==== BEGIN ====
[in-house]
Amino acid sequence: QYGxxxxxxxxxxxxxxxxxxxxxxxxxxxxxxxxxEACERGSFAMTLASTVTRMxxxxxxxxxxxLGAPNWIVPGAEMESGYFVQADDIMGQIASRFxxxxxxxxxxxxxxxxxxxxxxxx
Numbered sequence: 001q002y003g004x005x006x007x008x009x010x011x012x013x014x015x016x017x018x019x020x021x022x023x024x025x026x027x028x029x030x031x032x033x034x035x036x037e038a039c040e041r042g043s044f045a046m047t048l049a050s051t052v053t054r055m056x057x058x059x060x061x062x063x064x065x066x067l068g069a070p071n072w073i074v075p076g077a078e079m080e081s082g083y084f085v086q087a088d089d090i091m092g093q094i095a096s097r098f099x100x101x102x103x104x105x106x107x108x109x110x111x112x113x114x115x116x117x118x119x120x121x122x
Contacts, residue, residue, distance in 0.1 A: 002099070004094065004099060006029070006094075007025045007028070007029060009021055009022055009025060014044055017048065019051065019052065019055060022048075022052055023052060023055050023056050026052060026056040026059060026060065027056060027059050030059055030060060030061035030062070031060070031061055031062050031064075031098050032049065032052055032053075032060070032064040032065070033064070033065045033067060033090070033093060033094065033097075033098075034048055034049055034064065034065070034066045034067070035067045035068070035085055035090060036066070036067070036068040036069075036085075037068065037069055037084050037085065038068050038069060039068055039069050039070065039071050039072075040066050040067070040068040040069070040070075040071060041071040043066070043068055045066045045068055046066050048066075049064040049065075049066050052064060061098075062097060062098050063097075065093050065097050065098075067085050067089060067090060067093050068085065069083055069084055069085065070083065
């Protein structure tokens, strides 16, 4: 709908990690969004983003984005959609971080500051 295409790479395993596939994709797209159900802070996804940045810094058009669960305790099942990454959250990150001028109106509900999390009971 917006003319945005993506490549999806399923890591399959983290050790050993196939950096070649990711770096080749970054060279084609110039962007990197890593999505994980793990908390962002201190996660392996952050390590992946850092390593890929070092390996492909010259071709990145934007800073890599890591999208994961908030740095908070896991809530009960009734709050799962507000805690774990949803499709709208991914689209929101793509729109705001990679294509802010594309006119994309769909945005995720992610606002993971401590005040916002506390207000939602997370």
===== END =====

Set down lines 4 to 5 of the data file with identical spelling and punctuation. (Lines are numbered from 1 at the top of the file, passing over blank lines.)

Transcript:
Contacts, residue, residue, distance in 0.1 A: 002099070004094065004099060006029070006094075007025045007028070007029060009021055009022055009025060014044055017048065019051065019052065019055060022048075022052055023052060023055050023056050026052060026056040026059060026060065027056060027059050030059055030060060030061035030062070031060070031061055031062050031064075031098050032049065032052055032053075032060070032064040032065070033064070033065045033067060033090070033093060033094065033097075033098075034048055034049055034064065034065070034066045034067070035067045035068070035085055035090060036066070036067070036068040036069075036085075037068065037069055037084050037085065038068050038069060039068055039069050039070065039071050039072075040066050040067070040068040040069070040070075040071060041071040043066070043068055045066045045068055046066050048066075049064040049065075049066050052064060061098075062097060062098050063097075065093050065097050065098075067085050067089060067090060067093050068085065069083055069084055069085065070083065
């Protein structure tokens, strides 16, 4: 709908990690969004983003984005959609971080500051 295409790479395993596939994709797209159900802070996804940045810094058009669960305790099942990454959250990150001028109106509900999390009971 917006003319945005993506490549999806399923890591399959983290050790050993196939950096070649990711770096080749970054060279084609110039962007990197890593999505994980793990908390962002201190996660392996952050390590992946850092390593890929070092390996492909010259071709990145934007800073890599890591999208994961908030740095908070896991809530009960009734709050799962507000805690774990949803499709709208991914689209929101793509729109705001990679294509802010594309006119994309769909945005995720992610606002993971401590005040916002506390207000939602997370």